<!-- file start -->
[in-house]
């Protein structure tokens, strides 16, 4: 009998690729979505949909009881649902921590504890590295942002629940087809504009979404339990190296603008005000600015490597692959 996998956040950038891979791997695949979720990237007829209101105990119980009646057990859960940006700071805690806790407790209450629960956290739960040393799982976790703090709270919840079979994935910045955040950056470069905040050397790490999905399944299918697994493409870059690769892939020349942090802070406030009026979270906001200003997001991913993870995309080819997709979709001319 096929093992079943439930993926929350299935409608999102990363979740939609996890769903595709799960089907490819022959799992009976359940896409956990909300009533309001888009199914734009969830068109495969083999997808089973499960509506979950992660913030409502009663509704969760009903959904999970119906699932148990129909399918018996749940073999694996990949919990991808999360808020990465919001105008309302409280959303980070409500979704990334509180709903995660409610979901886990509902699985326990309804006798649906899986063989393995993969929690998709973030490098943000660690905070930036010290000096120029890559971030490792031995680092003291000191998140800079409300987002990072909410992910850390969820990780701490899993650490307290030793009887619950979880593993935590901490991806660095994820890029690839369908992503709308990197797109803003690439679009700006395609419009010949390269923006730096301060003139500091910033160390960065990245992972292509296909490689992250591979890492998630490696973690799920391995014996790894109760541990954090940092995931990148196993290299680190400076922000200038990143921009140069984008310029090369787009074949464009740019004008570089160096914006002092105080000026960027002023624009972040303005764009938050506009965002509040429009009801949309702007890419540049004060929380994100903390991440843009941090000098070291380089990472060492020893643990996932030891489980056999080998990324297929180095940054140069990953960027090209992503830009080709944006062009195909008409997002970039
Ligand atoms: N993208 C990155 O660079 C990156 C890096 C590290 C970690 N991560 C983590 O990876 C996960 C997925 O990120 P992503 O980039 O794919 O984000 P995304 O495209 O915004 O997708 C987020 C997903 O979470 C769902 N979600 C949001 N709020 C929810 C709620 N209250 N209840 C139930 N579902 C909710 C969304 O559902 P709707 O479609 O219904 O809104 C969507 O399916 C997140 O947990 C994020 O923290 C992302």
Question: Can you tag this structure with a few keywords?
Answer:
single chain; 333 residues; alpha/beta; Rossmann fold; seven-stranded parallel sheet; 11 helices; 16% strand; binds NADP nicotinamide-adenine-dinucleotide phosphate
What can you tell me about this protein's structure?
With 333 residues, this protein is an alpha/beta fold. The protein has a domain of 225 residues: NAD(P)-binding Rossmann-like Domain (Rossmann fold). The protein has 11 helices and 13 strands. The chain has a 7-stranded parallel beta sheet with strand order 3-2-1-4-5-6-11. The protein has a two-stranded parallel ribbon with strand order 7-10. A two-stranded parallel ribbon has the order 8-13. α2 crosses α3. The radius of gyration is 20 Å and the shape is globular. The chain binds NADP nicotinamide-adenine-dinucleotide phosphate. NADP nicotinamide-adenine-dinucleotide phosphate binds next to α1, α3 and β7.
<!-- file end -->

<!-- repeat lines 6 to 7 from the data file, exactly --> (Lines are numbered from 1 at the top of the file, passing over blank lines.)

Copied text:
single chain; 333 residues; alpha/beta; Rossmann fold; seven-stranded parallel sheet; 11 helices; 16% strand; binds NADP nicotinamide-adenine-dinucleotide phosphate
What can you tell me about this protein's structure?